When I traveled to South Africa in the summer of 2011, I knew that my group’s ultimate goal was to have ten local township schools connected to the Internet within three to five years. This process of connecting these schools would take at least that long since each school would require the proper infrastructure, for example point-to-point connectivity with the Nelspruit airport in the case of the first school we would connect. It would take us years to turn our vision into a reality, but in the meantime we could teach the students, teachers, and administrators of the schools the skills they would need to utilize their computer labs. What if we could take our vision one step further, though?
While at dinner in South Africa at Penryn College, one night my fellow technicians and I were discussing how we had brought a copy of Wikipedia and Khan Academy to leave behind. Then suddenly an idea occurred to me: what if we made these resources available to the schools locally on an intranet served by a central computer and accessible from all school computers? We could stream Khan Academy videos with open source media players and could use an open source Content Management System as the basis for a local landing page at each school where administrators could post announcements. I further expanded the idea to include the possibility of local email addresses for students and local class websites for different courses. The prospect of being able to deliver this functionality to the school locally without having to first set up an Internet connection opened new doors for us and changed our approach to setting up the schools.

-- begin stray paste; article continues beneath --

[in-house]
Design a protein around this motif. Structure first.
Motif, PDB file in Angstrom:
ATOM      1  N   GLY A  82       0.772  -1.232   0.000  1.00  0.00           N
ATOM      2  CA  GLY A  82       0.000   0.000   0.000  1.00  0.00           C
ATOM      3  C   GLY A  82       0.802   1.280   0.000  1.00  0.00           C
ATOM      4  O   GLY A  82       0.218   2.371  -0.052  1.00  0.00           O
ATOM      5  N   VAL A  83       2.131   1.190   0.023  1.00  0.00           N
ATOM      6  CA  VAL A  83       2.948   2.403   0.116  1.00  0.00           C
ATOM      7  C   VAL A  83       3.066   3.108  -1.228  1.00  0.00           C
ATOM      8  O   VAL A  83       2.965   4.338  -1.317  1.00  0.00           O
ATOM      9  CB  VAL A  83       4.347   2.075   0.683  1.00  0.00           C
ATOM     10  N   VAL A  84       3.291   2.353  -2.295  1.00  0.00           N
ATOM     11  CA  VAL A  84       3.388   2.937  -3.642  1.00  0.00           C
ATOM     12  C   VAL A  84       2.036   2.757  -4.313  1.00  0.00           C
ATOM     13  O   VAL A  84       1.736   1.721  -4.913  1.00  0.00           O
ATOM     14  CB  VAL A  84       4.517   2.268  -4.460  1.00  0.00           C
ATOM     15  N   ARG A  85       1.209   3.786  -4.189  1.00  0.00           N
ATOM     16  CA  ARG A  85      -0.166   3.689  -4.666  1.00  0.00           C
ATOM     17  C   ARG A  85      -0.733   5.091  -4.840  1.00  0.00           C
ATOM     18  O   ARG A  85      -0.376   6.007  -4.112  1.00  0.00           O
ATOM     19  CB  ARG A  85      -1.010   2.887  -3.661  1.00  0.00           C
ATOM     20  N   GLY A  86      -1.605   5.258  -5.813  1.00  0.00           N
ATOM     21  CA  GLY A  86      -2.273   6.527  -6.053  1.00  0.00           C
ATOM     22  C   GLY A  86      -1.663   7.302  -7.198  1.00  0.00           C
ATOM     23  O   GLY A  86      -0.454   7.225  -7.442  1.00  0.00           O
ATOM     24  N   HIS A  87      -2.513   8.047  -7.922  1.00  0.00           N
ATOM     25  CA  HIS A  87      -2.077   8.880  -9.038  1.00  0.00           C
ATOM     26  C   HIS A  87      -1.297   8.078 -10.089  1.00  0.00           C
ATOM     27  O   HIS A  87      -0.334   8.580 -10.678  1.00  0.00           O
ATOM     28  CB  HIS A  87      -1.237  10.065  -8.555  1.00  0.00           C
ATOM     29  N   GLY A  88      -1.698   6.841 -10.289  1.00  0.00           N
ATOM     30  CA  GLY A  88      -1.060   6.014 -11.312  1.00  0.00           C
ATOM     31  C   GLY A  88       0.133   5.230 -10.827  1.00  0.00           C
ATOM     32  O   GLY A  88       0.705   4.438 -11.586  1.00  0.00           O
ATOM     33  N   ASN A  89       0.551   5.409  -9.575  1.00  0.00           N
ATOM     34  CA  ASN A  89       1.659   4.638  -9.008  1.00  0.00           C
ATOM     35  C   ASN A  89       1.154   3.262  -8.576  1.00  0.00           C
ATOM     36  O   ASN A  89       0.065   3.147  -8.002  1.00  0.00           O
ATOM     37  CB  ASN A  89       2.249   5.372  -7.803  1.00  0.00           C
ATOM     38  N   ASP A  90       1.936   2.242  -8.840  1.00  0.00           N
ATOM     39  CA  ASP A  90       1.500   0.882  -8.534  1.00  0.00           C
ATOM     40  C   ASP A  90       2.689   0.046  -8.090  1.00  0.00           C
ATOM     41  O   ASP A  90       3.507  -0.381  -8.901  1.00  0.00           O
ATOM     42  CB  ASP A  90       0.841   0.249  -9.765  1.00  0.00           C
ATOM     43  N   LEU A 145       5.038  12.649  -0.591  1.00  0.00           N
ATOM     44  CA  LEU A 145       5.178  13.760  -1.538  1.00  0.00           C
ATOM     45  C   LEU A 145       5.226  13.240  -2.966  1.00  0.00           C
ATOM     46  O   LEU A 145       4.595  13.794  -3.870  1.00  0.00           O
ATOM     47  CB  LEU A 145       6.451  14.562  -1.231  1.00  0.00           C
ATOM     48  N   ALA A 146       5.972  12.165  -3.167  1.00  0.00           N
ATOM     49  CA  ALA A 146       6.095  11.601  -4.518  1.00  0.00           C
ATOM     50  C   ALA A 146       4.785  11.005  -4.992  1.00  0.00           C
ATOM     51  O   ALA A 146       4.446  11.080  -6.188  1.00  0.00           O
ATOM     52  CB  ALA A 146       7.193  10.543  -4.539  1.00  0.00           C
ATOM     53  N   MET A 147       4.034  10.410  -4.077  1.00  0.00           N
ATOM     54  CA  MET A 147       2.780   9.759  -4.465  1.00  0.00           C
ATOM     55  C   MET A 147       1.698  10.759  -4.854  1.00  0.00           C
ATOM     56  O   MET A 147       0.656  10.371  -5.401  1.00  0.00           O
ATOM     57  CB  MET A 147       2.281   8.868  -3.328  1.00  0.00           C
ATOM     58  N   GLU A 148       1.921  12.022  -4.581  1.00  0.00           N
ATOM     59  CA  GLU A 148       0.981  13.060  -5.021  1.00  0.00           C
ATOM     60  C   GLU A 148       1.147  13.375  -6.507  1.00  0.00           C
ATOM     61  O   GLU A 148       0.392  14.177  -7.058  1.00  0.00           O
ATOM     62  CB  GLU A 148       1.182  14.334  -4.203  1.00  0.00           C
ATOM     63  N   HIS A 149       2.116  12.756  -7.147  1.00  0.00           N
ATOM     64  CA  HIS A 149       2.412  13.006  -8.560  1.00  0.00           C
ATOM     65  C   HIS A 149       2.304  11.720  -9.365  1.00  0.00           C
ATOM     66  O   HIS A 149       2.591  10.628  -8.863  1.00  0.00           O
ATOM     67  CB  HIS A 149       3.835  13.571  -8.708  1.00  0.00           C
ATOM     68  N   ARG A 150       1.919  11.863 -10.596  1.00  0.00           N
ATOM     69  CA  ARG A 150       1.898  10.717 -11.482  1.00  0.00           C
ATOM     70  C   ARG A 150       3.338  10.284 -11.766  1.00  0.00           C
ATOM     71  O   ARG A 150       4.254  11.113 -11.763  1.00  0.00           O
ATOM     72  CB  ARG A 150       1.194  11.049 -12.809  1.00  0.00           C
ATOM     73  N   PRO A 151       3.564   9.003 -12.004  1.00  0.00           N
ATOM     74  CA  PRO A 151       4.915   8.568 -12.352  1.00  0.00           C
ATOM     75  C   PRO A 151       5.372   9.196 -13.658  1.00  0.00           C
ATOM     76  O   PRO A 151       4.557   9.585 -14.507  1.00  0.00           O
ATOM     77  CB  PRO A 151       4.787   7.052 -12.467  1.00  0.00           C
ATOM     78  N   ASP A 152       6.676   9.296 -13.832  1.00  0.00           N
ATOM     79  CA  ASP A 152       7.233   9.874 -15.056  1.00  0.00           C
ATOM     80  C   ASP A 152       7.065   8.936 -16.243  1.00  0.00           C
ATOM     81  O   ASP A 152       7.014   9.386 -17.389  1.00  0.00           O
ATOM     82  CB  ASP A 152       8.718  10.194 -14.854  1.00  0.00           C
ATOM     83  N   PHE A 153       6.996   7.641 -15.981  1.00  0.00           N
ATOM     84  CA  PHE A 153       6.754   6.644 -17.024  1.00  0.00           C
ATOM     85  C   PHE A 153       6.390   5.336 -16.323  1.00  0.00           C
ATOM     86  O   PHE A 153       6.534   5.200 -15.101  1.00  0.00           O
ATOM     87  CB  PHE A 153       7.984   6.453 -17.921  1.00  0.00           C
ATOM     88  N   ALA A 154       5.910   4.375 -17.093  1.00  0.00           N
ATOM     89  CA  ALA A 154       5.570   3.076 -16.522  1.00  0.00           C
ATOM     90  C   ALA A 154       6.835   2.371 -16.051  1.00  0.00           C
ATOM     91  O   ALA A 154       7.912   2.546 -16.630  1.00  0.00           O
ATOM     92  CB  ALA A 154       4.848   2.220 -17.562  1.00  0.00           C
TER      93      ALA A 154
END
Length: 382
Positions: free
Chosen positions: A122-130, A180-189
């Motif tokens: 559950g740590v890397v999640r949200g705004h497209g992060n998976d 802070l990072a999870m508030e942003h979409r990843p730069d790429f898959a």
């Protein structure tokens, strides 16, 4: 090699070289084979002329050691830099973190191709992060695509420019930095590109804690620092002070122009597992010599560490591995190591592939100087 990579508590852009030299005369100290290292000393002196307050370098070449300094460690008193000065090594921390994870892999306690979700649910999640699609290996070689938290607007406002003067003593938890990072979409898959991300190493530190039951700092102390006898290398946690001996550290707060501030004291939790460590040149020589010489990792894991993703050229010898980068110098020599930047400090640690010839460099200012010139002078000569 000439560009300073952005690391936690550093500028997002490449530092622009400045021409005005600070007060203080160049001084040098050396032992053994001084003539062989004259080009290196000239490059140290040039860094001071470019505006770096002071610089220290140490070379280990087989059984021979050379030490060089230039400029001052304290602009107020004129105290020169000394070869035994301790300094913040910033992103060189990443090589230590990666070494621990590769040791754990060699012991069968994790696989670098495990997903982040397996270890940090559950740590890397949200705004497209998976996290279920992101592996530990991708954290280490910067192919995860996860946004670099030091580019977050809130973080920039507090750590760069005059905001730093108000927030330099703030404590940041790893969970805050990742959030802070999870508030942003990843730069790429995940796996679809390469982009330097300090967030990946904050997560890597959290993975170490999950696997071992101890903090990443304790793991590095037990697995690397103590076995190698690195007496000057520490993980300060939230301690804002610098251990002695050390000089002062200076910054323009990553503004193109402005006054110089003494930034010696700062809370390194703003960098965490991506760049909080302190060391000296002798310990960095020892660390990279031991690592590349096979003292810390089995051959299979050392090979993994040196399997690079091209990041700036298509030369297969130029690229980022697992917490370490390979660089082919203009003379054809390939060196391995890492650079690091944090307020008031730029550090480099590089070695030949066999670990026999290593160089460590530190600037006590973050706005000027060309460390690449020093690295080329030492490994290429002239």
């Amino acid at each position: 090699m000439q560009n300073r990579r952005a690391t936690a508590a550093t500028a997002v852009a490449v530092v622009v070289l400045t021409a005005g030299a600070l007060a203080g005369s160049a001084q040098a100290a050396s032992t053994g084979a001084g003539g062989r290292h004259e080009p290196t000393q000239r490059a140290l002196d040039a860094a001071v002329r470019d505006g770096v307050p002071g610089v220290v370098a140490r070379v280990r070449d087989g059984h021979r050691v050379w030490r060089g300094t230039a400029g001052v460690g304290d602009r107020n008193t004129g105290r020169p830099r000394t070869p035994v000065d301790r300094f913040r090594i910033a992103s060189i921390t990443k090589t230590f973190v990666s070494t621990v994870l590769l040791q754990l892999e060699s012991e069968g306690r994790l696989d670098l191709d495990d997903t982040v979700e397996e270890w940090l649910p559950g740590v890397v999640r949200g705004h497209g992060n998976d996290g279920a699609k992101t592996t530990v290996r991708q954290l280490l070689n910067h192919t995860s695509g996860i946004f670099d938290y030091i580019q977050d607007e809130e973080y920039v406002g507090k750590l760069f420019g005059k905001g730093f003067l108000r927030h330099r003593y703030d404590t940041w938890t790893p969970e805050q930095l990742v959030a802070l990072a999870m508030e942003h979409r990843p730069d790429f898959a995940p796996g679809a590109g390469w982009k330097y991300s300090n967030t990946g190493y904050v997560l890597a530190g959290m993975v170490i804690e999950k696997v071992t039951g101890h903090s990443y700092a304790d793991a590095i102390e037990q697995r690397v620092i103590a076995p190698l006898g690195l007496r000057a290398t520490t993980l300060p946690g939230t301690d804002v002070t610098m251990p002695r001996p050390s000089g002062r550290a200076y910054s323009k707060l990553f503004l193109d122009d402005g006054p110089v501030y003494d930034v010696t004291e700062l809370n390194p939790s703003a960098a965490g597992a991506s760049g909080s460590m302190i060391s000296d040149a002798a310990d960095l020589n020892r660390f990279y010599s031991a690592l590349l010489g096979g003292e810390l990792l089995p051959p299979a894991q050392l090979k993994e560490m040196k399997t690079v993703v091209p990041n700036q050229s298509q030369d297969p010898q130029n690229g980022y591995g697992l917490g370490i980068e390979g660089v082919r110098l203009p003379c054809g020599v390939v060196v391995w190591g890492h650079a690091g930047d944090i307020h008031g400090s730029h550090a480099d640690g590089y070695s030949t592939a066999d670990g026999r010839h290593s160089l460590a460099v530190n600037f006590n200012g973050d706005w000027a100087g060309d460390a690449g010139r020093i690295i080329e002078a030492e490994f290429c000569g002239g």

Once the idea of an intranet as a resource had been formed, I was tasked with implementing it at the first of the South African schools.